Texas prosecutors to review more than 1,400 cases involving Houston officer

Posted at 4:23 PM, Feb 20, 2019
and last updated 2019-02-20 18:32:04-05

With a Houston police officer under criminal investigation, authorities in Houston are reviewing more than 1,400 cases the cop has worked on during his 35-year career.

The announcement from the Harris County District Attorney’s office said Officer Gerald Goines has been relieved of duty. Nicole DeBorde, Goines’ attorney, told CNN on Wednesday that her client, who was shot in the face and neck, is still being paid as a police officer but has not spoken with the chief.

Goines was involved in a January 28 drug raid in which two people were killed and five officers were hurt after officers went in using what is called a no-knock search warrant.

Houston police Chief Art Acevedo said Wednesday the department will change its policy and now require officers wanting to conduct a raid without knocking on the suspect’s door or ringing the doorbell to get approval first from the chief or the chief’s designee.

Acevedo also said the FBI has opened a civil rights investigation into Goines’ actions.

Police have said Goines lied to obtain a search warrant for the January raid. He used an unnamed confidential informant to confirm that drugs were being sold in the home police raided, according to affidavits obtained by CNN. The affidavits, dated February 14, detail the investigation after the raid.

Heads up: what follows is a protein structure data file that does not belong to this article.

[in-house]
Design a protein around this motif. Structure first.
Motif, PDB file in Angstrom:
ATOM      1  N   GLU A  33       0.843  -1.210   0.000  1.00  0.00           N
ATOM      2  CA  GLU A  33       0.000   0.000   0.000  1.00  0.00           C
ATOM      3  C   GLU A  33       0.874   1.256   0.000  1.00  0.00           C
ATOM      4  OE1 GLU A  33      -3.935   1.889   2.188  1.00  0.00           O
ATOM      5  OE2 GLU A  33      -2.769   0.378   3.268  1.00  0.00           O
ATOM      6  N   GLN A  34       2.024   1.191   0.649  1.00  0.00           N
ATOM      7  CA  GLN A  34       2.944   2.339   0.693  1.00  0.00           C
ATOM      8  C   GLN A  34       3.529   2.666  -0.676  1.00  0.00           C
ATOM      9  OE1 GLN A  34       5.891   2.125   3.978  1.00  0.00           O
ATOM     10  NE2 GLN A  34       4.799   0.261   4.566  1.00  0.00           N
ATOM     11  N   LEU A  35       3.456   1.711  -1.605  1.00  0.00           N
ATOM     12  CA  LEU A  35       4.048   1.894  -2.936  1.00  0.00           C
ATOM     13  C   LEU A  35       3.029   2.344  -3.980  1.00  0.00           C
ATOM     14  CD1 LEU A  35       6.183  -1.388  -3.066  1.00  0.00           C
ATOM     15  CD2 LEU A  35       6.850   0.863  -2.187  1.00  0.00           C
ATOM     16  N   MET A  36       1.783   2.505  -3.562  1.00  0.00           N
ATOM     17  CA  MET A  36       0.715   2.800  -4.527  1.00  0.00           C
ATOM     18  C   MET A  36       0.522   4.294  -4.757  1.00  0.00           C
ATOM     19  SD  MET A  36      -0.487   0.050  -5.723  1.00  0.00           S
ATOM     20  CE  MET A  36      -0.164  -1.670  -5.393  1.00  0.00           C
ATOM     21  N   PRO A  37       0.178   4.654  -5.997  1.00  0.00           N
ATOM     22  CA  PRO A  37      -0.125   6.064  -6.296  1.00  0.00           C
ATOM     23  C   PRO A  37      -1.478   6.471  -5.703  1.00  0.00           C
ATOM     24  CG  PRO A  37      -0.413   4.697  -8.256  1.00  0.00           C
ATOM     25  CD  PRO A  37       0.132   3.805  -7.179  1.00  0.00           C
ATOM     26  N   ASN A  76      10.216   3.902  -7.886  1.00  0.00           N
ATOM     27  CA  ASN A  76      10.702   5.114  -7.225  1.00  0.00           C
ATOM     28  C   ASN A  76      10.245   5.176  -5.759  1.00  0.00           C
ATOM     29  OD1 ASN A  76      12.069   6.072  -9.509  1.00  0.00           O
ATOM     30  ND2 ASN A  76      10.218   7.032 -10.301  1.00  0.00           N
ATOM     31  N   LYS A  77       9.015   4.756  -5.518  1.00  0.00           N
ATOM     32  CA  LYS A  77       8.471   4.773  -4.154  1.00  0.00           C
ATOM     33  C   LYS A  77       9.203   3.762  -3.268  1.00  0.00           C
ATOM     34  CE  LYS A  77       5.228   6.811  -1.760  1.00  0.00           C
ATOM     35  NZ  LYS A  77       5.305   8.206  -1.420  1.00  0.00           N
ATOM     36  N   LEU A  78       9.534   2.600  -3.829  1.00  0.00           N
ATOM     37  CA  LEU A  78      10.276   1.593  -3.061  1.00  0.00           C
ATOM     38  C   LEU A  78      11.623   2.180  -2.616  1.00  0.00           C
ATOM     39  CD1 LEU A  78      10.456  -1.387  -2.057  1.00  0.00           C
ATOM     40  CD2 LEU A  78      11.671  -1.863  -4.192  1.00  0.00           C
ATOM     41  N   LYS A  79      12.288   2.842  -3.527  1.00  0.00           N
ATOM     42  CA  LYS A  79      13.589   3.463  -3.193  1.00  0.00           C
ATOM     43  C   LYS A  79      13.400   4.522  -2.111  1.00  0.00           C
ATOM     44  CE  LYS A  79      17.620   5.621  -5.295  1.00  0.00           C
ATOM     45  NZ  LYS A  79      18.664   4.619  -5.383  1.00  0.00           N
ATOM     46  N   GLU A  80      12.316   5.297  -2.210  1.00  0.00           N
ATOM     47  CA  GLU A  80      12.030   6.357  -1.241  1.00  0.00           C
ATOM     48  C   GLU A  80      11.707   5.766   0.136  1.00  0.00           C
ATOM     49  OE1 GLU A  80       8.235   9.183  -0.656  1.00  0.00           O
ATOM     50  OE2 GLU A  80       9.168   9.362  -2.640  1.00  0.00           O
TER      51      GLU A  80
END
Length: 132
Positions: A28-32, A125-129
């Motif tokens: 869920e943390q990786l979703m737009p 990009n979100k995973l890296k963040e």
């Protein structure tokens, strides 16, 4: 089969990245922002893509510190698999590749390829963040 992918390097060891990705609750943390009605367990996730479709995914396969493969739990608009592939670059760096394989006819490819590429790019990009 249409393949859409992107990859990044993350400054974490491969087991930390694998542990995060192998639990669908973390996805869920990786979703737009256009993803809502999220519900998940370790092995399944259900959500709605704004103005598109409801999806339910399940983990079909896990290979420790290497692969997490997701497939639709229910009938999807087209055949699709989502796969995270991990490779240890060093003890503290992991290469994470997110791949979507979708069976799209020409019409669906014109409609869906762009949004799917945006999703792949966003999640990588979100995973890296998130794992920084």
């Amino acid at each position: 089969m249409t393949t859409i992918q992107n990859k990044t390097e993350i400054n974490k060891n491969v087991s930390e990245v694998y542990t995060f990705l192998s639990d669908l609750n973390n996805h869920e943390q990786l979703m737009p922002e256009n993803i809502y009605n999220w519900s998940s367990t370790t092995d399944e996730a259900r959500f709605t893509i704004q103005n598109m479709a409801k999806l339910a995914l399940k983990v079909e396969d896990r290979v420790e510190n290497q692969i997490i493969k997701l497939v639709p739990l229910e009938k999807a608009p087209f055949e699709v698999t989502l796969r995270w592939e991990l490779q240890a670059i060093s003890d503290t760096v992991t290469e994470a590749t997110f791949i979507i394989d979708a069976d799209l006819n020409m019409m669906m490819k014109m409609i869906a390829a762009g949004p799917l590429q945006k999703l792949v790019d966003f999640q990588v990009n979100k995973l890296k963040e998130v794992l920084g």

Following the raid, Goines named his informants to investigators, but the informants told authorities they had not worked with Goines on this particular case, according to affidavits.

Goines, whose career was decades long, according to the DA’s office, was injured in the shooting.

DeBorde, Goines’ attorney, told CNN earlier this week that her client’s jaw is wired shut and he continues to undergo medical treatment.

“That’s why you’re not hearing the other side. He’s severely injured. He still can’t speak clearly,” DeBorde said.

DeBorde said Wednesday that she and her client welcome the review of his cases.

“It’s the responsible thing,” she said. “I think it’s sensible.”

Harris County District Attorney Kim Ogg said her duty was to see justice done.

“Although the criminal investigation of Officer Goines is ongoing, we have an immediate ethical obligation to notify defendants and their lawyers in Goines’ other cases to give them an opportunity to independently review any potential defenses,” she said.

When narcotics officers breached the front door of the home on the evening of January 28, gunfire erupted almost immediately.

One of the suspects retreated to the back of a room and re-emerged, returning fire, police said. The second was shot while trying to wrestle a shotgun away from an officer, they said. Both suspects were killed.

Four undercover narcotics officers were shot, police said. A fifth officer suffered a knee injury.

Investigators discovered no heroin in the raid despite having said they previously purchased the black tar form of the drug at the home. Officers did find marijuana, five guns and a white powder believed to be cocaine or the painkiller fentanyl, Acevedo said after the raid.